Well into the new millennium, the landscape of international business commerce continues to change dramatically. As many companies expand into global markets, the extant business reality of prosecuting or defending lawsuits arises from companies relying upon standard or boiler plate contracts or invoices when selling goods and services to customers or buying products from suppliers or third parties. This article discusses transnational contractual and litigation issues in Canada, with specific application to the province of Ontario. This article first addresses, from an Ontario company perspective, the importance of incorporating choice of forum, choice of law, and time of the essence clauses in standard international contracts, with particular reference to the United Nations Convention on Contracts for the International Sale of Goods. The second part draws upon the jurisdictional issues prevailing when foreign defendants are sued in Ontario, including procedural and substantive law considerations. Finally, a discussion of the principles for recognition and enforcement of foreign judgments in Ontario necessarily involves a review of the Supreme Court of Canada's landmark decision in Morguard Investments Ltd. v. de Savoye, and the recently released decision in Beals v. Saldanha. An appreciation of the complexities and subtleties within developing Canadian jurisprudence in the transnational litigation context offers foreign and domestic litigants an opportunity to consider the benefits and drawbacks of litigating in Ontario.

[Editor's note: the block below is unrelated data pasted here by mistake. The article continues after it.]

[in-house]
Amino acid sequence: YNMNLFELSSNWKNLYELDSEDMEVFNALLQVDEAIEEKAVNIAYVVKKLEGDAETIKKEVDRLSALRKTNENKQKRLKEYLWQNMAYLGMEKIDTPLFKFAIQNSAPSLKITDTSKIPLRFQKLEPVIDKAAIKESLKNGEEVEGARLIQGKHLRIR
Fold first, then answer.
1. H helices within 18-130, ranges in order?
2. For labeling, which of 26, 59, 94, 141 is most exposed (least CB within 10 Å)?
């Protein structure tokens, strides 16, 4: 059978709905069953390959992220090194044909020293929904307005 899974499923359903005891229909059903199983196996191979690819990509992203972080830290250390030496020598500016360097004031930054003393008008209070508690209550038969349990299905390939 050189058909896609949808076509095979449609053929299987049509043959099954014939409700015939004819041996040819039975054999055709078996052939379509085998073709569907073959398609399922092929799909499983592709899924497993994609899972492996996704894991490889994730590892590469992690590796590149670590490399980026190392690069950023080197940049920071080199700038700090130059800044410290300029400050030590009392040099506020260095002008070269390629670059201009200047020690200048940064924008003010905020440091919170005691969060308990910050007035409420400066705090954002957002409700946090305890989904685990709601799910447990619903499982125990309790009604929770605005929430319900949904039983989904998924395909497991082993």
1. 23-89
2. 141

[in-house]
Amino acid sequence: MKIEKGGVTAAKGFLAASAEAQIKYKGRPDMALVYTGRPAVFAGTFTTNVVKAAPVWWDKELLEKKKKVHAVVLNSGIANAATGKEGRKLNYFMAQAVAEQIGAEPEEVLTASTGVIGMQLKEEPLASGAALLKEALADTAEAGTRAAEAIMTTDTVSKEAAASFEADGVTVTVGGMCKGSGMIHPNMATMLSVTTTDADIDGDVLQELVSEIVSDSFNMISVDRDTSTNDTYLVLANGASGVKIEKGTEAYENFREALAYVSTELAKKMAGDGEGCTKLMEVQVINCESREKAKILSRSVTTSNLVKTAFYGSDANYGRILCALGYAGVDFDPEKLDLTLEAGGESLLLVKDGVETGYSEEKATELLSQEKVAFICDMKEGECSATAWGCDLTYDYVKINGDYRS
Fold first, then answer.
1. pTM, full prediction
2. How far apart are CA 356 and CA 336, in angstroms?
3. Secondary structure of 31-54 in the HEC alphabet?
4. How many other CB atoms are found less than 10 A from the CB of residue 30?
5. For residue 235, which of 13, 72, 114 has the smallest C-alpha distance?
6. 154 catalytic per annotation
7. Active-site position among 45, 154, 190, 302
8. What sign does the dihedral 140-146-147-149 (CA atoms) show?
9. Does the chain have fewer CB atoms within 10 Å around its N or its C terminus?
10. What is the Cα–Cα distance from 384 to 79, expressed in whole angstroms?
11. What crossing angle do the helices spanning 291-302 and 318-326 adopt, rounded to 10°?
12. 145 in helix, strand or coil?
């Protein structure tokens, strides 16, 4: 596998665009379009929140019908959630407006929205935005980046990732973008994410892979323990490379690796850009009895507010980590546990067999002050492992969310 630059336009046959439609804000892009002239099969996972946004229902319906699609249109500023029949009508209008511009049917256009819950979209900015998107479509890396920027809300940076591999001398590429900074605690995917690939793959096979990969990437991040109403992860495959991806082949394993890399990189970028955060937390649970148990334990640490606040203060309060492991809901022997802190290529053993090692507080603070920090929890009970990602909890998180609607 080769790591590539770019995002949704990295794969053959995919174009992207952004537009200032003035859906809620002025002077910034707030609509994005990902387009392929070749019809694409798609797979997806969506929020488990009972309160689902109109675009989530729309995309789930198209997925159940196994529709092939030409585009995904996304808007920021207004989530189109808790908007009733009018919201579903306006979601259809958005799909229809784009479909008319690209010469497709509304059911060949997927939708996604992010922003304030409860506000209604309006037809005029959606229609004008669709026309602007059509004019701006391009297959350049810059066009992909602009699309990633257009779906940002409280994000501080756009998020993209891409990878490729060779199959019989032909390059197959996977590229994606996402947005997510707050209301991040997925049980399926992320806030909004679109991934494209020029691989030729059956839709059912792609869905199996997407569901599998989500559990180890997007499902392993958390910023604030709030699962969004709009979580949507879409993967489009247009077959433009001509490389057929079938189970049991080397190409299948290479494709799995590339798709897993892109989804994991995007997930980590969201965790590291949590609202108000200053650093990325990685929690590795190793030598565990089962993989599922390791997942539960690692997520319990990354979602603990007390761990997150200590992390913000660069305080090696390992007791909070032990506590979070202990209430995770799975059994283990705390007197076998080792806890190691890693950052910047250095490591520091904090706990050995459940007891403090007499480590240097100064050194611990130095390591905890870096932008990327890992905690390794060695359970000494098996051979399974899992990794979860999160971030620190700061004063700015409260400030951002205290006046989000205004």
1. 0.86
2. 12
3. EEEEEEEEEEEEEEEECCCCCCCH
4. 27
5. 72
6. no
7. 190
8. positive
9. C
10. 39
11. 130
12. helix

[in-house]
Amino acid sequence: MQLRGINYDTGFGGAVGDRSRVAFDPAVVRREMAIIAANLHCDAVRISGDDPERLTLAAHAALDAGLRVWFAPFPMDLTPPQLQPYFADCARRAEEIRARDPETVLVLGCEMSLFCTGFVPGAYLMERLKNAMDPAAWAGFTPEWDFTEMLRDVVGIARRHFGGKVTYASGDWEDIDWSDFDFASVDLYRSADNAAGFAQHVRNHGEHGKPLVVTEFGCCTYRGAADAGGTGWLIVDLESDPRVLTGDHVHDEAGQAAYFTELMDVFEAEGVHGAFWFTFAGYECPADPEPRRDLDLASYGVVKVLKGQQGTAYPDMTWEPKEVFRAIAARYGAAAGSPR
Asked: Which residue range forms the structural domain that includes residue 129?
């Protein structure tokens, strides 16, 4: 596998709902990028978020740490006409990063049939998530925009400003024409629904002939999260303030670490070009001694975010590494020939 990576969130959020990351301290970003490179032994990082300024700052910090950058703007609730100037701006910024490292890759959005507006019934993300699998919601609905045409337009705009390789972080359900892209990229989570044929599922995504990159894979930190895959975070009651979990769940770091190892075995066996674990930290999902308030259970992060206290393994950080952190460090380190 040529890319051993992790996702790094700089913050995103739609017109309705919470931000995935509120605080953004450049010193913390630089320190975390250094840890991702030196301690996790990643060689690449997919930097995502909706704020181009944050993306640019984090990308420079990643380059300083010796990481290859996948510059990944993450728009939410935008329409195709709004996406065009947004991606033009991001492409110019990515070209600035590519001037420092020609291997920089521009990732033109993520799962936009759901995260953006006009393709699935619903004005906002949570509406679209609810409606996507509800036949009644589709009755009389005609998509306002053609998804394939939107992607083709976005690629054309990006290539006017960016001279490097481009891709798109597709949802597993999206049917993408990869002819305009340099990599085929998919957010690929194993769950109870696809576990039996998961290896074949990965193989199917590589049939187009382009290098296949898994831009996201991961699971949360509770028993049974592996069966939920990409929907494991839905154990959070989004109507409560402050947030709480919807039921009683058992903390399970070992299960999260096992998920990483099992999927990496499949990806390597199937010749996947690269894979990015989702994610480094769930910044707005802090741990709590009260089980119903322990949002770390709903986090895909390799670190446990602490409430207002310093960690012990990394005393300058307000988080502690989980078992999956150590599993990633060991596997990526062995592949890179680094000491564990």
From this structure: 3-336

Journal of Transnational Law & Policy, Vol. 13, No. 2, pp. 347-391, 2004
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